Even minimum amounts of physical activity can be effective in preventing multiple conditions including obesity, T2D, cancer and CVD. Evidence from large meta-analyses from the EPIC study (European Prospective Investigation Into Cancer and Nutrition) has demonstrated an association between the lowest mortality risk for people with diabetes with moderate physical activity (hazard ratios were 0.60 for all-cause mortality) compared with a higher risk for the sedentary and less active individuals [41]. Specific to sedentary behavior, a dose–response relationship has been shown between sedentary behavior and all-cause, CVD, cancer mortality and T2D incidence [42]. Thus, reducing multiple long-term conditions requires addressing sedentary behavior prevention as an integral part of interventions.
Sedentary-related risks can target any lifestyle setting, whether leisure-based behaviors or workplace-based sedentary lifestyle. Thus, targeting workplace settings with interventions aimed at reducing sedentary-related cardiovascular risks through workplace screening and interventions is recommended. We have shown benefits in preventing CVD risks based on enhancing cardiorespiratory fitness, indicated by ventilatory threshold and maximal cardiorespiratory capacity, among white-collar sedentary workers based on their specific job roles and genders, and university community staff and students [43,44,45]. For example, there was a reduction in the cardiovascular and respiratory risks among sedentary university campus employees who followed a three-month intervention of moderate exercise intensity, which was individualized according to their ventilatory threshold (VT). The intervention significantly increased their both VT and its associated velocity, and enhanced V ˙ O 2 p e a k [44]. Such benefits were irrespective of weight loss or blood pressure outcomes (Table 2), which is in line with large scale lifestyle interventions aimed at targeted subgroups with specific risks [44].
Populations with diabetes and prediabetes prevalence have reported increased sedentariness. Higher intake of fruit and vegetables, especially those high in fiber (green leafy, yellow and cruciferous vegetables), is associated with a lower risk of T2D [46]. Nonetheless, reducing sedentariness can be achieved by increasing physical activity levels or taking a combined exercise–dietary change approach.
One year interventions targeting sedentary T2D adults with poor glycemic control and reduced insulin sensitivity have shown that increased step count, measured using wrist accelerometry, can be achieved concurrently with continuous glucose monitoring sensor monitoring [47]. High-risk postmenopausal women with CVD risks have also shown enhanced microvascular endothelial activity with individualized exercise training at VT combined with a Mediterranean dietary approach based on main nine nutritional components [48]. A different physical activity approach was used in younger adults who might be at a different workplace risk, such as university students attending campus-based classes. More intense activities or “HIIT” through game sports and intense exercise sessions were tolerated by such a group, resulting in reduced body mass index and fat percentage, lowered blood pressure and higher cardiorespiratory capacity [45]. Individualized sedentary reduction and physical activity approaches are therefore effective in high-risk populations and induce significant risk-reduction benefits in a cluster of long-term conditions.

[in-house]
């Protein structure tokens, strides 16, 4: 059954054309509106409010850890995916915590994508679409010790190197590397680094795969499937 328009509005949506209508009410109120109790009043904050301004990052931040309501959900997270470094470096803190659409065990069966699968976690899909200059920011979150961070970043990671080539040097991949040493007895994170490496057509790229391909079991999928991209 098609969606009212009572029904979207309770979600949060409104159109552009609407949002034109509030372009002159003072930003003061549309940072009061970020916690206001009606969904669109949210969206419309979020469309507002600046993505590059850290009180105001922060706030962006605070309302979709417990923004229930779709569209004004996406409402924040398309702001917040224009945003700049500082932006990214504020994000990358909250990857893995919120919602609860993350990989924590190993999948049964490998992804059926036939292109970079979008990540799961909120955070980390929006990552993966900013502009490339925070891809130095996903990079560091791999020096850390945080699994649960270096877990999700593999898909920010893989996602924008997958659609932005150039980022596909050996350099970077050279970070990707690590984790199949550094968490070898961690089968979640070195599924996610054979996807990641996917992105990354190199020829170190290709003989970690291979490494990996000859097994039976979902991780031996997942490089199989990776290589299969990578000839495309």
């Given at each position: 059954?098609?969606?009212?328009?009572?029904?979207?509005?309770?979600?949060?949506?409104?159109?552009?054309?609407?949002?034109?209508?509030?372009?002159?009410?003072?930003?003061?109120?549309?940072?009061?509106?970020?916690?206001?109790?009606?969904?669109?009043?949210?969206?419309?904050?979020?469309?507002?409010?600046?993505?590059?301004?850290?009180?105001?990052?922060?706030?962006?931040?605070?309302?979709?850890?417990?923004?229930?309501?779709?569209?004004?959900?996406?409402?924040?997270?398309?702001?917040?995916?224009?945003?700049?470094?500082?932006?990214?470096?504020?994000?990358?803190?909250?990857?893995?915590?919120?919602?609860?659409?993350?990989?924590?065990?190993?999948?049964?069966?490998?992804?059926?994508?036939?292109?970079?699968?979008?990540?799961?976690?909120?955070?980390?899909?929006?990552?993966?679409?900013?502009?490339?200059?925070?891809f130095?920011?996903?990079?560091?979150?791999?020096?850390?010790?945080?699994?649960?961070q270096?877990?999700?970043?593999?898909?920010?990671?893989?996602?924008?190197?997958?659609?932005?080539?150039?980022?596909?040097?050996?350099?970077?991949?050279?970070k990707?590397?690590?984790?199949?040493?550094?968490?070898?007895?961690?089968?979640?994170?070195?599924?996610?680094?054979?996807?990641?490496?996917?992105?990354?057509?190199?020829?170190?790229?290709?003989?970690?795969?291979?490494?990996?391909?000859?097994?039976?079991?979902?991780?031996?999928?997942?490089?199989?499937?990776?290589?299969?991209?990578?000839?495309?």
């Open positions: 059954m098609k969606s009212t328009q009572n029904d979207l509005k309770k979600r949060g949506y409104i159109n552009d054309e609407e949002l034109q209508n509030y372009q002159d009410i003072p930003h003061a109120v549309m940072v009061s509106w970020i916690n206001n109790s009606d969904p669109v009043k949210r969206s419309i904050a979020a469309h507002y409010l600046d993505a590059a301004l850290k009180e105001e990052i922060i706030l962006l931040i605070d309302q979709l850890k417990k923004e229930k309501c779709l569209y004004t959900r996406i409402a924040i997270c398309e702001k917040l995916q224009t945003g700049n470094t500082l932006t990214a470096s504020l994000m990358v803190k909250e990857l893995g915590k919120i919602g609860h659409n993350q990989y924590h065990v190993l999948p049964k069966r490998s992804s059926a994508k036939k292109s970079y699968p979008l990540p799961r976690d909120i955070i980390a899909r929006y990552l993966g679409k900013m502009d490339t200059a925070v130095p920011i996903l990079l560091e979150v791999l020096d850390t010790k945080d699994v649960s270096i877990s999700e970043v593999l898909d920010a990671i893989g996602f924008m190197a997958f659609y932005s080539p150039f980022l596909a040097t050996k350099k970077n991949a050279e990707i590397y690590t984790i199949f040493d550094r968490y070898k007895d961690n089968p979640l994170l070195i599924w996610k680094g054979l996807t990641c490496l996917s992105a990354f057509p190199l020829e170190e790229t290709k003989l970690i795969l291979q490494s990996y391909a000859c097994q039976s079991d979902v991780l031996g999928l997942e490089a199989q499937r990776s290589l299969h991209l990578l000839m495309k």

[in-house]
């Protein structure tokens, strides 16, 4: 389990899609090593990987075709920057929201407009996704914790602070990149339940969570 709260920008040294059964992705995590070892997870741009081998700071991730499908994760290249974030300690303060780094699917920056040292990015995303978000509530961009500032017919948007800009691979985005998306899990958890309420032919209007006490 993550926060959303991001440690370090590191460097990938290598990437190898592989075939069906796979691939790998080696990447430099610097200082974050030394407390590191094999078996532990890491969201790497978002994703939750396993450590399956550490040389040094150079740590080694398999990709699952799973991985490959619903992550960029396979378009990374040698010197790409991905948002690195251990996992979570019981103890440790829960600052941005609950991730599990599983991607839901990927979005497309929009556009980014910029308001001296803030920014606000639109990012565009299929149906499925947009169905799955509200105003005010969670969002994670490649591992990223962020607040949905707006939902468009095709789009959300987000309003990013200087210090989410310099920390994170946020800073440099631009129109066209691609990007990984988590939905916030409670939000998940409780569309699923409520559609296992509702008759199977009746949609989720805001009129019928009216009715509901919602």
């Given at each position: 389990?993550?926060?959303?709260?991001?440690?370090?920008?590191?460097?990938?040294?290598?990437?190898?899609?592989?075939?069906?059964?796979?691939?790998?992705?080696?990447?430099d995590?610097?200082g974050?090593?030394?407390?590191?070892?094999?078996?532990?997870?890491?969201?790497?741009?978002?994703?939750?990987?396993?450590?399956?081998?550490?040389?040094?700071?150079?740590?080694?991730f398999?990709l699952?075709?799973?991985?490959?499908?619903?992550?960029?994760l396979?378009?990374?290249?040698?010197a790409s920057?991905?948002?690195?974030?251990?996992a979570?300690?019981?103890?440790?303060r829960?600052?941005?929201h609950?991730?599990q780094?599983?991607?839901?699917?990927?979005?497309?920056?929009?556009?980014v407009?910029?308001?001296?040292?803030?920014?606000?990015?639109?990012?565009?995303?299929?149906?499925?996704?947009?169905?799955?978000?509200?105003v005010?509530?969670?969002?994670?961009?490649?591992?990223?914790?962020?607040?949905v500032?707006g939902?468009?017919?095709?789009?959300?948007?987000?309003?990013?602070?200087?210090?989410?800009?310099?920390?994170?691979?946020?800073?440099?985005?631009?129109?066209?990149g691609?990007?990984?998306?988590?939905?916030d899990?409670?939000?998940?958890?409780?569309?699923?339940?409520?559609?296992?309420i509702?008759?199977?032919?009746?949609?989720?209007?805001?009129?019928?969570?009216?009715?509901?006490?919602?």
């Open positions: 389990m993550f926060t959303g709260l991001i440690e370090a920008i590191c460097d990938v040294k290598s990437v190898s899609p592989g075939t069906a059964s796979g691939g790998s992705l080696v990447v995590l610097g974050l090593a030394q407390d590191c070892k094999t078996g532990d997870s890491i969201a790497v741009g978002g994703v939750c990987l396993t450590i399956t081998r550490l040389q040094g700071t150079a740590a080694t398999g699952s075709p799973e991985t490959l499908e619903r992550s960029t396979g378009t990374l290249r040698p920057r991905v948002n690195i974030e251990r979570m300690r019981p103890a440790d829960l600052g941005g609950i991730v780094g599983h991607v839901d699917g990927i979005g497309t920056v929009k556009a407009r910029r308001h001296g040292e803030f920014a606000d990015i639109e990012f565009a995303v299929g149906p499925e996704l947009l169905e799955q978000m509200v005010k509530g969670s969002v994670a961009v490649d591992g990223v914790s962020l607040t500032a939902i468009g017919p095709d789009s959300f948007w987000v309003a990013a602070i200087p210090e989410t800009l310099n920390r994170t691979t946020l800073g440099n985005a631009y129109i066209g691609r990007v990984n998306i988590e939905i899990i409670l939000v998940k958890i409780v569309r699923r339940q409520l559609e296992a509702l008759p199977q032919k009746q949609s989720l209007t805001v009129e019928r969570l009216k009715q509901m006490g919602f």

2.4. Addressing Weight and Fat Loss Prescription

Determining changes in whole body metabolism is essential in health, disease and sports performance. However, achieving weight and fat loss is often simplified by looking into anthropometric changes in BMI, defined as weight in kilograms divided by the square of height in meters. An arbitrary measure of obesity is BMI > 30 kg.m−2, which, although indicative, does not consider metabolic or vascular status or the changes in response to an intervention. It is not uncommon for a lifestyle intervention, whether exercise or diet, to induce minor or no changes in BMI, but significant metabolic and vascular benefits related to CVD and T2D outcomes [34,35,48,49]. Therefore, weight and fat loss outcomes should always consider complementary indicative measures of the individuals’ cardiometabolic profile, especially measures which combine health and fitness profiles, especially in those with multiple long-term conditions. Examples include combined measurements of gaseous exchange data of V ˙ O 2 and V ˙ C O 2 which can be used to estimate various thresholds including VT and V ˙ O 2 p e a k [43,44].